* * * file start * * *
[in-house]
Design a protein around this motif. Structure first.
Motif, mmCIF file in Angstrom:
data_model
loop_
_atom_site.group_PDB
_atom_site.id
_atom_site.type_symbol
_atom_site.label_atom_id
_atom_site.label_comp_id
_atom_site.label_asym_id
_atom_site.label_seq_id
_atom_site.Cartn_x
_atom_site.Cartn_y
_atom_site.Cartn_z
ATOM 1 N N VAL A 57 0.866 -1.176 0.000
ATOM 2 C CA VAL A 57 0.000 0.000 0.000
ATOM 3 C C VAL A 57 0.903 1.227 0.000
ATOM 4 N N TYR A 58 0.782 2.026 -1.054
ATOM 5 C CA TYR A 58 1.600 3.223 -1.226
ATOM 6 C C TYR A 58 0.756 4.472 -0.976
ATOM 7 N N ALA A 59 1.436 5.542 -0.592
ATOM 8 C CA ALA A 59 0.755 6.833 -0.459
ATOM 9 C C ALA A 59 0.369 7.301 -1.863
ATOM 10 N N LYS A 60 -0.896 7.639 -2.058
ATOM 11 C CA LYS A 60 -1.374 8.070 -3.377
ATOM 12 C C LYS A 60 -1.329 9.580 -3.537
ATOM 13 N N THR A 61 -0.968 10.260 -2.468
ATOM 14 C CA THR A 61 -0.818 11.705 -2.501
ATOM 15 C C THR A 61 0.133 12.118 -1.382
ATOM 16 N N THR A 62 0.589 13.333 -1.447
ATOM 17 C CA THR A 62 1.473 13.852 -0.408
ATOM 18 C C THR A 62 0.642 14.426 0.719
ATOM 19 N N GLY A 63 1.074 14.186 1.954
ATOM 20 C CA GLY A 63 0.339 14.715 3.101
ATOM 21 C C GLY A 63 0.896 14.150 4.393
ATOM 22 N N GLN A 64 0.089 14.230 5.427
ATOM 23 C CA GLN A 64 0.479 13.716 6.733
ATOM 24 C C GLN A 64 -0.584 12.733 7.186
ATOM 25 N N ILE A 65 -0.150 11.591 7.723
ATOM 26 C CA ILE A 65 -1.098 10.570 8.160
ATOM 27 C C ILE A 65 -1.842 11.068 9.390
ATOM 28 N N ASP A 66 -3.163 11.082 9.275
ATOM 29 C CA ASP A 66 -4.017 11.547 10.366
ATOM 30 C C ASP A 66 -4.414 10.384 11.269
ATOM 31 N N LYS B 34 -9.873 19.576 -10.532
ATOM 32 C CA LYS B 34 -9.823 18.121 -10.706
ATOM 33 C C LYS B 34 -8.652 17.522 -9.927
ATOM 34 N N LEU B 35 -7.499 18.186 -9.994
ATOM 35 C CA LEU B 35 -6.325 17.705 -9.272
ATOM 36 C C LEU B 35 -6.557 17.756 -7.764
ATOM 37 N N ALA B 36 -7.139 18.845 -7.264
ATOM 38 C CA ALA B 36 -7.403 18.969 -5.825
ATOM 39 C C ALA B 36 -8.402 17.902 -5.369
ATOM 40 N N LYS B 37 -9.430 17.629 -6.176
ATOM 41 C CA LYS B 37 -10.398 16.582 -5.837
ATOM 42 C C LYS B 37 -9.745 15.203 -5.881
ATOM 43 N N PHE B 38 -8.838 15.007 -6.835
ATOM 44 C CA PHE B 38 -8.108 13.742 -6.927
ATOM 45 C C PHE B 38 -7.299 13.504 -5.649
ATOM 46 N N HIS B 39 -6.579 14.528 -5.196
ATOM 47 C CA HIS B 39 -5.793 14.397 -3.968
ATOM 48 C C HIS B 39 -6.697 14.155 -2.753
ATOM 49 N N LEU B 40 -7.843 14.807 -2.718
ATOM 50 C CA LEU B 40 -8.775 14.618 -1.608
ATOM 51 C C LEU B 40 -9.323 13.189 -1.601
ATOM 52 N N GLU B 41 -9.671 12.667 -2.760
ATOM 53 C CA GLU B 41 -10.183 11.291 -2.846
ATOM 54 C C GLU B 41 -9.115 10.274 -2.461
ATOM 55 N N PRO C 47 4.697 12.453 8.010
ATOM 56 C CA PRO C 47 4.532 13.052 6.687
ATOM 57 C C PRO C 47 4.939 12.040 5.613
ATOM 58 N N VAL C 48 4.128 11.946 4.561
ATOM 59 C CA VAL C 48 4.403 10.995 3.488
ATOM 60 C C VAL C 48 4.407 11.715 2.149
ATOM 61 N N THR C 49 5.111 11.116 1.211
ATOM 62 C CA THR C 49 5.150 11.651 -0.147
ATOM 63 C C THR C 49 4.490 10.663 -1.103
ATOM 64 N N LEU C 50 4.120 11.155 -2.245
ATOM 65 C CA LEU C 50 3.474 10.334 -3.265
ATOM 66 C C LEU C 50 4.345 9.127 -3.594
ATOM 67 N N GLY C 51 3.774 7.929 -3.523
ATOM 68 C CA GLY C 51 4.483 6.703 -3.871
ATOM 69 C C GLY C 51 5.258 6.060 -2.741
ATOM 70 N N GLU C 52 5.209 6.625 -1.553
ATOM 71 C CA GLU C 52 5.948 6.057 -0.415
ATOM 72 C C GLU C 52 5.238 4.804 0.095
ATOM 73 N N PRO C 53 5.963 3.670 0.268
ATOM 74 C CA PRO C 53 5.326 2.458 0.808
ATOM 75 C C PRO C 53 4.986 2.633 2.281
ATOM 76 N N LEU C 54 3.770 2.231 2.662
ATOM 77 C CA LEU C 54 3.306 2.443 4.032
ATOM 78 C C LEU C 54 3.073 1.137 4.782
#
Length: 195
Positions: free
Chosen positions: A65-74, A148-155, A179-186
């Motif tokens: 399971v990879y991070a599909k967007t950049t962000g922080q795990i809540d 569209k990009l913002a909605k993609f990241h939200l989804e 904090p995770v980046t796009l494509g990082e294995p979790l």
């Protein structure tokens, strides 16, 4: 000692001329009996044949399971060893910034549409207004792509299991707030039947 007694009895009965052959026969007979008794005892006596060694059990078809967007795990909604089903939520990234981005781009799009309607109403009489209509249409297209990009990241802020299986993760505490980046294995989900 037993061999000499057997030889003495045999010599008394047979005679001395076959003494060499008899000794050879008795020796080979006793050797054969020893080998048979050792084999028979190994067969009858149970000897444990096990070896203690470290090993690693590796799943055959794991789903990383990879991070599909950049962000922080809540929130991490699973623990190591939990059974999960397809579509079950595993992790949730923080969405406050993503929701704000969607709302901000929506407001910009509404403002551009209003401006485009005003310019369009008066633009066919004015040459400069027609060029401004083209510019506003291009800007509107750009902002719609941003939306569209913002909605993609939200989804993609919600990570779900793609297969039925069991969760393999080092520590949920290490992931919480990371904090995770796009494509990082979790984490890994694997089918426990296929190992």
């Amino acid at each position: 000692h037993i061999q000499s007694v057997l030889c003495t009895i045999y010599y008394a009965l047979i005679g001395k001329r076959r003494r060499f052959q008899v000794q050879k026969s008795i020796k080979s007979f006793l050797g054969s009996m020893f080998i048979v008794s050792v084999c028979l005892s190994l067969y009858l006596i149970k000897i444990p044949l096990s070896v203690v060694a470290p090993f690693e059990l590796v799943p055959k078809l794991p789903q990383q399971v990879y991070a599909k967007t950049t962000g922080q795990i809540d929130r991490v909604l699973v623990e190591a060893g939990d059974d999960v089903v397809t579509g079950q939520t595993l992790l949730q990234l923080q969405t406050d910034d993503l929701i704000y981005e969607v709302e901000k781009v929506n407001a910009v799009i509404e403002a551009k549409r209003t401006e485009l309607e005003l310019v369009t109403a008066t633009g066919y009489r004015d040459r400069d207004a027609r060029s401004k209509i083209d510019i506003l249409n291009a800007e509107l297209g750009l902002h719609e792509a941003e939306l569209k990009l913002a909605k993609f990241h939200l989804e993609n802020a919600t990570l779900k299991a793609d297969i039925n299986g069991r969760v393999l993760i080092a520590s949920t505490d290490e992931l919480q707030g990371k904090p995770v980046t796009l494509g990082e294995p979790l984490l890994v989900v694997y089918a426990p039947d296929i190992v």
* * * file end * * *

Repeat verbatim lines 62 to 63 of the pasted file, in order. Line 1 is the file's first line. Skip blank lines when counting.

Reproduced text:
ATOM 47 C CA HIS B 39 -5.793 14.397 -3.968
ATOM 48 C C HIS B 39 -6.697 14.155 -2.753